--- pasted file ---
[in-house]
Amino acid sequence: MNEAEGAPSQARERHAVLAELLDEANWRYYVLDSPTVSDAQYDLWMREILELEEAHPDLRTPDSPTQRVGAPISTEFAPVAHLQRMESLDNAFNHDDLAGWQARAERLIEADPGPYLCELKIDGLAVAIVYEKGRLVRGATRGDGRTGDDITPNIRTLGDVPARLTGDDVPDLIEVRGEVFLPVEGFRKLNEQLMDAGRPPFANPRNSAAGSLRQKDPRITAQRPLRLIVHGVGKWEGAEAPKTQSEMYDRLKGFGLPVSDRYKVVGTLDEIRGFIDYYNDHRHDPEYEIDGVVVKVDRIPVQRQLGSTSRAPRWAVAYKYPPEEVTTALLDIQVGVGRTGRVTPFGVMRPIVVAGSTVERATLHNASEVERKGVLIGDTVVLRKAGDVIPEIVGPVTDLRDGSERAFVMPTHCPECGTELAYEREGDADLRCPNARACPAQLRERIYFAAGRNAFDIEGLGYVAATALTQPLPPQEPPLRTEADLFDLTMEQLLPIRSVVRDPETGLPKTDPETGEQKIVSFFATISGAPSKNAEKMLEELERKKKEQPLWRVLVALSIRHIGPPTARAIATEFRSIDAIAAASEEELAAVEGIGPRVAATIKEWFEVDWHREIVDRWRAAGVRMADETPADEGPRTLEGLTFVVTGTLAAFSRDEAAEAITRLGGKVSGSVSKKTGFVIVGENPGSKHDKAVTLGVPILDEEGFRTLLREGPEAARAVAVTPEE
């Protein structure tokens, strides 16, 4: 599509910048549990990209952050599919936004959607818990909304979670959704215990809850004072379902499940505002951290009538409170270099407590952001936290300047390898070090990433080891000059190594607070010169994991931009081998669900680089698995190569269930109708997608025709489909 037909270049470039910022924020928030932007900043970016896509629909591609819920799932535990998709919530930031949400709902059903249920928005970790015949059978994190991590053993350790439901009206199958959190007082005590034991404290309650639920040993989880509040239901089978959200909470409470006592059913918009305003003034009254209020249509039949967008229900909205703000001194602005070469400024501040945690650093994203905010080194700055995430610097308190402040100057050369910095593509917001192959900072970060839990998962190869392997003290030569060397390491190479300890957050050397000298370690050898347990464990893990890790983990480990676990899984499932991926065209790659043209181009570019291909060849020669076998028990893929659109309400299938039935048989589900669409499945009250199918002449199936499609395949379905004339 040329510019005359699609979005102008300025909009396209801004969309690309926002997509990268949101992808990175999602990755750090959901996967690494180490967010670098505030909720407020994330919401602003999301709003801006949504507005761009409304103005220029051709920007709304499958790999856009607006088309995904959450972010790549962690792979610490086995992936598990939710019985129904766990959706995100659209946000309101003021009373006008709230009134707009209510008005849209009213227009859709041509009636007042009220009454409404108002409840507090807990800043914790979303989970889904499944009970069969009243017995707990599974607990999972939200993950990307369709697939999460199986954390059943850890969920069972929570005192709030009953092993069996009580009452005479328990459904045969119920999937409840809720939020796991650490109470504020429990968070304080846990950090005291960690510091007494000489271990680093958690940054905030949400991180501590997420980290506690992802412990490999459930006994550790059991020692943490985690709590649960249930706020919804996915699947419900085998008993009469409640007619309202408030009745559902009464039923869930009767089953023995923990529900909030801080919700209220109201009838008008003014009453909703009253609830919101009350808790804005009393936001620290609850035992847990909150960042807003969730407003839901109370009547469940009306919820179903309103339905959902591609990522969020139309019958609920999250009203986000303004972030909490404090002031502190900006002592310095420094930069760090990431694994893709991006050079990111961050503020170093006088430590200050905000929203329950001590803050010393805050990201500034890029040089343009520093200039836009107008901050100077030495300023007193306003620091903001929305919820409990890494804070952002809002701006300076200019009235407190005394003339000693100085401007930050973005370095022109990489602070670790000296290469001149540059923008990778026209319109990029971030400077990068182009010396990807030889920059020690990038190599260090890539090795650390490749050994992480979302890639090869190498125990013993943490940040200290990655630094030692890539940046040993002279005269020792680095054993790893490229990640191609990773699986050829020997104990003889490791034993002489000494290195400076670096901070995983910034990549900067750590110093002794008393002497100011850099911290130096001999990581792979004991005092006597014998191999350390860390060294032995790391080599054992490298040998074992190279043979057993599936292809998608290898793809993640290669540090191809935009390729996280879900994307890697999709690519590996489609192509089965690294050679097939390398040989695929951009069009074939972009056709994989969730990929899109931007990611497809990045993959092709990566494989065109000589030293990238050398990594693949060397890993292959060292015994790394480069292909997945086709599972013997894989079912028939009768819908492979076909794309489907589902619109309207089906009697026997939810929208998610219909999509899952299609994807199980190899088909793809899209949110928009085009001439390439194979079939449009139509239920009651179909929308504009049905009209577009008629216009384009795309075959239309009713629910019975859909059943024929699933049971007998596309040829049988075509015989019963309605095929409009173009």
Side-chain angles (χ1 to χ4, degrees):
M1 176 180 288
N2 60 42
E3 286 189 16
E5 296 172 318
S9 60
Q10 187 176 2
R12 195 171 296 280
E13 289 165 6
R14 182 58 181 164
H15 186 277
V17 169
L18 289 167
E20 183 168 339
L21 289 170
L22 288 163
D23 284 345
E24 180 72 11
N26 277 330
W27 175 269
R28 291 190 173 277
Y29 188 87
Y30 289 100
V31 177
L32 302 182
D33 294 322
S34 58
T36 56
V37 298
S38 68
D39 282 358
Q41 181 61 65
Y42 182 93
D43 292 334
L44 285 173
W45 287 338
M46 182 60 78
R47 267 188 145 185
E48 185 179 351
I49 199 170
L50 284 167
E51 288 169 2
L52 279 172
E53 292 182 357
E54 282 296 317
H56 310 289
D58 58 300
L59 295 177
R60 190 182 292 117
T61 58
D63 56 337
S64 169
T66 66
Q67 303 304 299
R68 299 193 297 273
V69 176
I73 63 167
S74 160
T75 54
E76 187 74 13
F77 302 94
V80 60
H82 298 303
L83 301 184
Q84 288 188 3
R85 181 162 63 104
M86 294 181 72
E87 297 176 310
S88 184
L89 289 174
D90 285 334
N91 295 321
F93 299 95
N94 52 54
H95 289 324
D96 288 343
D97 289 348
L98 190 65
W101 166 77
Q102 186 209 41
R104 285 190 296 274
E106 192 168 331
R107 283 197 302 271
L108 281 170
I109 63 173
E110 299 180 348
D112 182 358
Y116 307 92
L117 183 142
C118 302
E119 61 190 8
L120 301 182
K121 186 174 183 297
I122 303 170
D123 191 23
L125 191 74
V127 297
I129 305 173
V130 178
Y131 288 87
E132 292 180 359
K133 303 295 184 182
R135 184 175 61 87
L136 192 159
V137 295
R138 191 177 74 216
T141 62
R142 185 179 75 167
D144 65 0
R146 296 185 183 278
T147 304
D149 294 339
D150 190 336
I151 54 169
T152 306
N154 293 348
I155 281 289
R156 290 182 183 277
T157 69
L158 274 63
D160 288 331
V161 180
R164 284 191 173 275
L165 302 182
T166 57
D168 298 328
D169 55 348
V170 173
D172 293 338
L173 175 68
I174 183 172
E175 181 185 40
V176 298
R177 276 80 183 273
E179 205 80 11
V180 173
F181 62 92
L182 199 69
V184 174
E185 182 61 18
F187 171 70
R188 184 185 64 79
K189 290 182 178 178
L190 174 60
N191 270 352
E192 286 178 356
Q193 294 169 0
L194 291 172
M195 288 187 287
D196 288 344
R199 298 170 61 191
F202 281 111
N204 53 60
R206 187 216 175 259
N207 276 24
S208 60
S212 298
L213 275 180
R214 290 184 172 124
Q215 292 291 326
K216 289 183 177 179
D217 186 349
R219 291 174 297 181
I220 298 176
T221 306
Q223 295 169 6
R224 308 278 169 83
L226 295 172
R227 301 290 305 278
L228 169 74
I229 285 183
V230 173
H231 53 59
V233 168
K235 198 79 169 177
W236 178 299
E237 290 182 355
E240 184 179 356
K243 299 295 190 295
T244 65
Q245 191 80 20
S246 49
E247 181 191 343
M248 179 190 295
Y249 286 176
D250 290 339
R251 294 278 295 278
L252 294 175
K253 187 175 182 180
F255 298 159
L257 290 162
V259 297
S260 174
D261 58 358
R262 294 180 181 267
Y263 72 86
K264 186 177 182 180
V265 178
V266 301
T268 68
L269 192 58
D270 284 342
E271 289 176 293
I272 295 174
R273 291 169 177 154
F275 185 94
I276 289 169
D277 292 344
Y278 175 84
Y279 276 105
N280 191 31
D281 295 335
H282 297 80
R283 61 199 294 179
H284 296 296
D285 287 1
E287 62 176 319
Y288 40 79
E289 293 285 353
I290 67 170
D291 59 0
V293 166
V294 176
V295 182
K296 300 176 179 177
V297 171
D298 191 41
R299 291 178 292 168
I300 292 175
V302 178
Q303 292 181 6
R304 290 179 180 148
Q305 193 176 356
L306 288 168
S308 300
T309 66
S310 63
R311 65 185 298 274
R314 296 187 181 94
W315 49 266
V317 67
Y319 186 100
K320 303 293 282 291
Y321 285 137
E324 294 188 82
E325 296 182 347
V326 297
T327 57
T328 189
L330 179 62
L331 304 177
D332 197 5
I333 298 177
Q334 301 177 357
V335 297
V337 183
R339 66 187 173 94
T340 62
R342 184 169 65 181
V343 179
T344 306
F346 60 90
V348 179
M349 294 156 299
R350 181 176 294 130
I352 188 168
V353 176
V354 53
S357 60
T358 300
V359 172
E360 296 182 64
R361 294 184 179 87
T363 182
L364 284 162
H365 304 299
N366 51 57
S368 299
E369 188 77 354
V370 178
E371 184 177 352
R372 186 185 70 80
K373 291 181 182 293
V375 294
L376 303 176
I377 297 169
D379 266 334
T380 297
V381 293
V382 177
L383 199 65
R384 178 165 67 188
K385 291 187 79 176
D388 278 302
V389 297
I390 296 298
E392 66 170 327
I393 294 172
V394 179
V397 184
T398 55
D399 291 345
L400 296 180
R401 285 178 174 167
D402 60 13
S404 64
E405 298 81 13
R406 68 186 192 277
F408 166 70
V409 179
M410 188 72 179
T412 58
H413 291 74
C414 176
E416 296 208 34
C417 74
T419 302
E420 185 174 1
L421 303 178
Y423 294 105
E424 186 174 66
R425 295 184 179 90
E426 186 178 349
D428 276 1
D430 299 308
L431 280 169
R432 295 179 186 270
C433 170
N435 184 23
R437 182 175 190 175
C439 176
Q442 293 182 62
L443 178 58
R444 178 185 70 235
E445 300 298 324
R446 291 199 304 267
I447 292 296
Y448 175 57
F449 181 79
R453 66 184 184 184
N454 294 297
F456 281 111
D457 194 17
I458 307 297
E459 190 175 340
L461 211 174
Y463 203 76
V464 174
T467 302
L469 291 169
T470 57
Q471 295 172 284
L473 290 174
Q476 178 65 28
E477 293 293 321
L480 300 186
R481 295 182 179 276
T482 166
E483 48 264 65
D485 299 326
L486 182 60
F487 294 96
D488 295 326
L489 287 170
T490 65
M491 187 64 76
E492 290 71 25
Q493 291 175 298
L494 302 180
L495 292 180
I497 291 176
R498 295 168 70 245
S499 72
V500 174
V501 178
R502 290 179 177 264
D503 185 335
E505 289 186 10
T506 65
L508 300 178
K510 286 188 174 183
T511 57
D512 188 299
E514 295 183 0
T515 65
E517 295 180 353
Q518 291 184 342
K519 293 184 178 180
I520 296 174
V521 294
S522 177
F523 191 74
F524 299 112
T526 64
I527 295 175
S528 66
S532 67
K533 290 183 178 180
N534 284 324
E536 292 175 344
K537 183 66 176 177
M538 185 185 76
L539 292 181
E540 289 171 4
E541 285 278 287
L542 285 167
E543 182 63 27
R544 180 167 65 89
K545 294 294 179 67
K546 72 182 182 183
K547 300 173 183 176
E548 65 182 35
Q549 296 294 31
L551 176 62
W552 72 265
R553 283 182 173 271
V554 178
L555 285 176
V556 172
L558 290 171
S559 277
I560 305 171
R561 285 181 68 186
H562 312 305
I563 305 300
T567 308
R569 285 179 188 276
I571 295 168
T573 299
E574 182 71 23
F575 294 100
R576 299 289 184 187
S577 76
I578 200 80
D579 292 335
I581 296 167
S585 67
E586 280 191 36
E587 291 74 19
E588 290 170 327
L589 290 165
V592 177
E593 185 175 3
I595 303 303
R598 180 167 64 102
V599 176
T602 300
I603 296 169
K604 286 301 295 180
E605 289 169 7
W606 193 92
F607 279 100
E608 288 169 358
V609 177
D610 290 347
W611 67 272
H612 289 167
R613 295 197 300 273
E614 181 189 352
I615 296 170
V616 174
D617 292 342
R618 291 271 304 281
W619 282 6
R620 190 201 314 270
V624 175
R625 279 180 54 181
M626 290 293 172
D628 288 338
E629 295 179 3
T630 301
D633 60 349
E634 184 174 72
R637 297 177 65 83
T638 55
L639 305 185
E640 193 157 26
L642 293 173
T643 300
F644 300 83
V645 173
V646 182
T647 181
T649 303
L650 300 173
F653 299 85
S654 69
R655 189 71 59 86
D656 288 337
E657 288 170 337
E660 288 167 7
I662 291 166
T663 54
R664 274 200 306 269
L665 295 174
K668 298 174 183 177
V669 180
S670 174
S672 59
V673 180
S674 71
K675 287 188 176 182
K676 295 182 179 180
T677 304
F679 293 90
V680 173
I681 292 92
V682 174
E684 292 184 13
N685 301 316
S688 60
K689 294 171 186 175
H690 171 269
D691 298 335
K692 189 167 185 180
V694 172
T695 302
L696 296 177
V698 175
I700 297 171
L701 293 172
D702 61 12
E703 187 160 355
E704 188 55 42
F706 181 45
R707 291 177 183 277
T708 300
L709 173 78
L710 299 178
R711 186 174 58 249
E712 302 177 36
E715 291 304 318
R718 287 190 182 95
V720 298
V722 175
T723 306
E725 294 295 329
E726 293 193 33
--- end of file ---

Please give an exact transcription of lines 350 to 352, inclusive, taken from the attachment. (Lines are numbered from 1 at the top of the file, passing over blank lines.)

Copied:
Y463 203 76
V464 174
T467 302